Future of Work: How an optimal organisational culture enables growth at scale

In a masterclass session at the Future of Work 2021 summit, Akhilesh Mandal, Managing Director at Hofstede Insights India, gave an overview on organisational culture, its importance in the growth of a company, the various factors that govern it, and more.
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In the early stages of a startup’s growth journey, emphasis is placed on building the right technology stack and refining one’s business model to ensure scalability and profitability.  

According to Akhilesh Mandal, Managing Director at Hofstede Insights India, it is only when organisations are looking to scale up and expand their operations do they seriously analyse their organisation’s culture.

“And while culture is a fascinating and complex concept, customers (organisations) often tend to look at it in a simplistic way, and often as a quick fix,” he said. Akhilesh was giving a masterclass, titled ‘Organisational Culture’ on Day 2 of the Future of Work 2021 summit. 

Through this masterclass, Akhilesh gave an overview of what organisational culture is, its importance in the growth of a company, the various factors that govern it, and how to move towards an optimal culture to meet growth objectives.

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He began the masterclass by giving four different economic scenarios in which organisations operate: the big tech economy, where most technologies develop at a rapid pace, right from self-driving cars to AI-powered robots; a precesision economy, where technology development is not as quick, but hyper-surveillance provides insights that can be leveraged towards growth; an exodus economy that is plagued by economic slowdown and recessions, which ultimately cannot support technological development; and the empathy economy, which encourages the responsible stewardship of technological advancements. This is an economy that fosters technological development, but is also aware of the potential dangers it might possess.

In such varied economic scenarios, Akhilesh argues that, “There is an additional demand on leadership (to perform)...Redesigned business processes look at the raw need of the consumer, which is why we don’t just sell cars or TVs, but ‘complete mobility solutions’ and ‘entertainment streaming services’. This will have an impact on leadership, work, and the workplace,” he said. This is why, he added, there is a need for looking at how culture will enable the necessary transformations to an organisation to grow in this environment.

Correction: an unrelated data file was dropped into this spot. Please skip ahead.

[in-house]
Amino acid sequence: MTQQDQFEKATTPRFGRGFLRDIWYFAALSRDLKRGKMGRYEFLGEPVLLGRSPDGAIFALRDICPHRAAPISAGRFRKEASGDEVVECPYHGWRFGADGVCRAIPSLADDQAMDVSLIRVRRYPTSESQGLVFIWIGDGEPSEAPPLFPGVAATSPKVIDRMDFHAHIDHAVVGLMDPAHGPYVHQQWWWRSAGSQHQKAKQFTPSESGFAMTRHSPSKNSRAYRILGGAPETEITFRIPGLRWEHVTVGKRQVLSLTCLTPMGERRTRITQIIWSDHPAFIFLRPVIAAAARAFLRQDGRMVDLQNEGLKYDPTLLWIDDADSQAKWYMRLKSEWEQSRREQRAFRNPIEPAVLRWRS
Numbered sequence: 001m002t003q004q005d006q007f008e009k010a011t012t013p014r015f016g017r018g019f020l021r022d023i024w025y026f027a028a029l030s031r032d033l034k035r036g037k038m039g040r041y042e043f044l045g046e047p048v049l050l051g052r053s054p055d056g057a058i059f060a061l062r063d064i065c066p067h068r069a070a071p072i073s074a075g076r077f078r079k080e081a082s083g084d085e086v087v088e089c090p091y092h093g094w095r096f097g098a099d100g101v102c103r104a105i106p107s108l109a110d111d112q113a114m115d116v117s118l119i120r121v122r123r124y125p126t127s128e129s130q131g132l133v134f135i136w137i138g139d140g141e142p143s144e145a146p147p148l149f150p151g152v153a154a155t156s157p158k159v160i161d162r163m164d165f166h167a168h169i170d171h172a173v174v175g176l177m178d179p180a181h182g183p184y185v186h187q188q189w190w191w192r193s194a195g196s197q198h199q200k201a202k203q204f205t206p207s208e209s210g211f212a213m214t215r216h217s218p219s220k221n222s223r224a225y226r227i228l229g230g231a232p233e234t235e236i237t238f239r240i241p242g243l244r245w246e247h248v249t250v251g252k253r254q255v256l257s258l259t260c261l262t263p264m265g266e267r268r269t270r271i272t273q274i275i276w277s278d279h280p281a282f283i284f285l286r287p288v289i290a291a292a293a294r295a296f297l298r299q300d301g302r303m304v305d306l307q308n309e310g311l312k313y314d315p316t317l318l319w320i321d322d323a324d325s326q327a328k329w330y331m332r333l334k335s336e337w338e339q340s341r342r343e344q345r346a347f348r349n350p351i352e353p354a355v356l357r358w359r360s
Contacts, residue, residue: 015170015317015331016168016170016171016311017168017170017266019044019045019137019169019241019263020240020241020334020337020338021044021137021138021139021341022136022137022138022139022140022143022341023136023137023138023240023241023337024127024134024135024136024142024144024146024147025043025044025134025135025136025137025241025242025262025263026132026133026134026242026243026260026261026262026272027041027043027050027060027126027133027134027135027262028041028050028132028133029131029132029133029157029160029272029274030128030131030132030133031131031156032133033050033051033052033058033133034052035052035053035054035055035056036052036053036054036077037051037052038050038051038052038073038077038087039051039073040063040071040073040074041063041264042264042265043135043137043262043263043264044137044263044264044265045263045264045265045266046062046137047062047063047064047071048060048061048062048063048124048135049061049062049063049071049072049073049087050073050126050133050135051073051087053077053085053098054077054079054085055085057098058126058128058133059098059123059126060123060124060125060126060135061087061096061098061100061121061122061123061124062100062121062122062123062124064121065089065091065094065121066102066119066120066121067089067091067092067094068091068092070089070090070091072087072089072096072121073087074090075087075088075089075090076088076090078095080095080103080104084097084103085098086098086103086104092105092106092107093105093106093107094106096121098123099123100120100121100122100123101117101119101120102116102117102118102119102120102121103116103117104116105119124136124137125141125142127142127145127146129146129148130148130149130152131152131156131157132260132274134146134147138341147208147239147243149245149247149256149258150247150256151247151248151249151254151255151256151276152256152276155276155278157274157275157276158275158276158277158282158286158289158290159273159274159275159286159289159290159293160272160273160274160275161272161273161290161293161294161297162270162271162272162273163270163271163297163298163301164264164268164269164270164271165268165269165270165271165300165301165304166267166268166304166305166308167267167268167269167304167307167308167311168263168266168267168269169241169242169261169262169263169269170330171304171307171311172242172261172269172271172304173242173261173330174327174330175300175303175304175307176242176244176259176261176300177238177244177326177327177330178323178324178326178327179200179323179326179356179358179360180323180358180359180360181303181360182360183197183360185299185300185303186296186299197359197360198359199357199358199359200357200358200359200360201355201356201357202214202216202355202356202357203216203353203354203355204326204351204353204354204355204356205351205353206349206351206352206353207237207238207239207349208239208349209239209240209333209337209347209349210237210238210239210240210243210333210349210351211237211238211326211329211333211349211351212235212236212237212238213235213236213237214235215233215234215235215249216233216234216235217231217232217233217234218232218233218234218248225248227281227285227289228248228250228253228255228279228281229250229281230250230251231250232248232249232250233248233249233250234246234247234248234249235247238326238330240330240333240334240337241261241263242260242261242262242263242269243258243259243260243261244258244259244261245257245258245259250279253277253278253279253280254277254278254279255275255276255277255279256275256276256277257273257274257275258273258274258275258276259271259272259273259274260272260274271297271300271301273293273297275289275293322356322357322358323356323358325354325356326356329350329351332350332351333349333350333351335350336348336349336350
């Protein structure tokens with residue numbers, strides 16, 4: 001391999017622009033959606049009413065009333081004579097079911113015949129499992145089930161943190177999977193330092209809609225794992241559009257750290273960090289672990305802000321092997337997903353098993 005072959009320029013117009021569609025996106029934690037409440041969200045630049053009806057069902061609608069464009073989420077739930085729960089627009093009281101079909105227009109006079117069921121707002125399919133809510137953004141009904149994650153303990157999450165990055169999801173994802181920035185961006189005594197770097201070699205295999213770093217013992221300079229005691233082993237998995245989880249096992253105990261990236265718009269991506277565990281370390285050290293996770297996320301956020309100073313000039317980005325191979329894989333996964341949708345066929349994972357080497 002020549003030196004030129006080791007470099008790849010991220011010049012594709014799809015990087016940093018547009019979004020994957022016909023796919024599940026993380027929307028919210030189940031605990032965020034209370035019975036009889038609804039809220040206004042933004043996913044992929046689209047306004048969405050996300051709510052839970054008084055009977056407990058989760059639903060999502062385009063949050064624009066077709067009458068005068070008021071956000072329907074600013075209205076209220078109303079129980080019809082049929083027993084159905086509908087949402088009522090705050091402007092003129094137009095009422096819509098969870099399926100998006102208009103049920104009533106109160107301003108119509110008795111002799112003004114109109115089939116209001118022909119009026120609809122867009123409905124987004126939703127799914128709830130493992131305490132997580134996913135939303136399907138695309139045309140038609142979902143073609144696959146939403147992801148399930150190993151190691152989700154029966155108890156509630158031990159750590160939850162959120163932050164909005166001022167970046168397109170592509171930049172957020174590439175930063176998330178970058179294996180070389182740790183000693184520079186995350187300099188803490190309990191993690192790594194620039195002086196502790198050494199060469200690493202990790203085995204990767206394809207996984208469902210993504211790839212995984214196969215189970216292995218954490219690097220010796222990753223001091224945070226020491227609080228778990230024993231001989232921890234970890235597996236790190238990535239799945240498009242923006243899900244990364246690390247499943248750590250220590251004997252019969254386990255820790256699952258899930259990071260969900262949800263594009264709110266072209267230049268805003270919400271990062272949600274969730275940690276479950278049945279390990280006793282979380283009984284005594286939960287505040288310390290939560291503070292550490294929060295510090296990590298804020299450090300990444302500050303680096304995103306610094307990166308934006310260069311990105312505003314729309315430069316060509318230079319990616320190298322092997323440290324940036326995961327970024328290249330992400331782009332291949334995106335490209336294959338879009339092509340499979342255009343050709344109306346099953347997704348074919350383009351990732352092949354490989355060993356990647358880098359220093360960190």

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Quoting Dutch social psychologist, Geert Hofstede, Akhilesh said, “All companies have a company culture, but not every culture helps implement and drives the company’s strategy.”

He also outlined the two types of cultures in which we function. The first is the organisational culture, which underpins how we carry out operations within a particular organisation. The second is national culture, which defines how we relate to practices within an organisation. For example, Indians have an affinity towards power distance, which is the extent to which the less powerful members of organisations and institutions accept and expect that power is distributed unequally. This is less predominant in western countries.

 “While we often assume that all (organisations) operate with the same organisational culture, do not assume it will be treated on the same emotional plane by a Brazilian, a Japanese, and an Indian person,” said Akhilesh, adding that this is largely due to conditioning of individual national cultures.

He went on to outline how Hofstede Insights enables an organisation to change their culture by analysing the various facets of their organisational culture, determining the gaps that are holding back their productivity, and intervening by providing consulting services, coaching their leadership, and suggesting organisational changes.

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Akhilesh ended the session by suggesting that it is never too early to analyse and think about one’s organisational culture. But to arrive at an optimal culture, “one must first have their business strategy in place, and then align your business and leadership practices to execute the strategy”.

He also made a clear distinction between the desired culture, which would facilitate an ideal working environment, and an optimal culture, which enables the sustainable growth of an organisation and helps achieve its business strategy.

“The desired culture need not be the optimal one,” he said. The session was followed by a Q&A session by Subramanian Kalptathi, Principal Consultant at People Business, where questions were fielded on how startups can build an optimal organisational culture.

A big shout out to our Future of Work 2021 Co-presenting Sponsors Hewlett Packard Enterprise and Unique Solutions; Digital Excellence Partner, Google Cloud; Associate Sponsor HP and Intel; and Sponsors: Atlassian, Freight Tiger, Archon I Cohesity, TeamViewer, and Pocket Aces.

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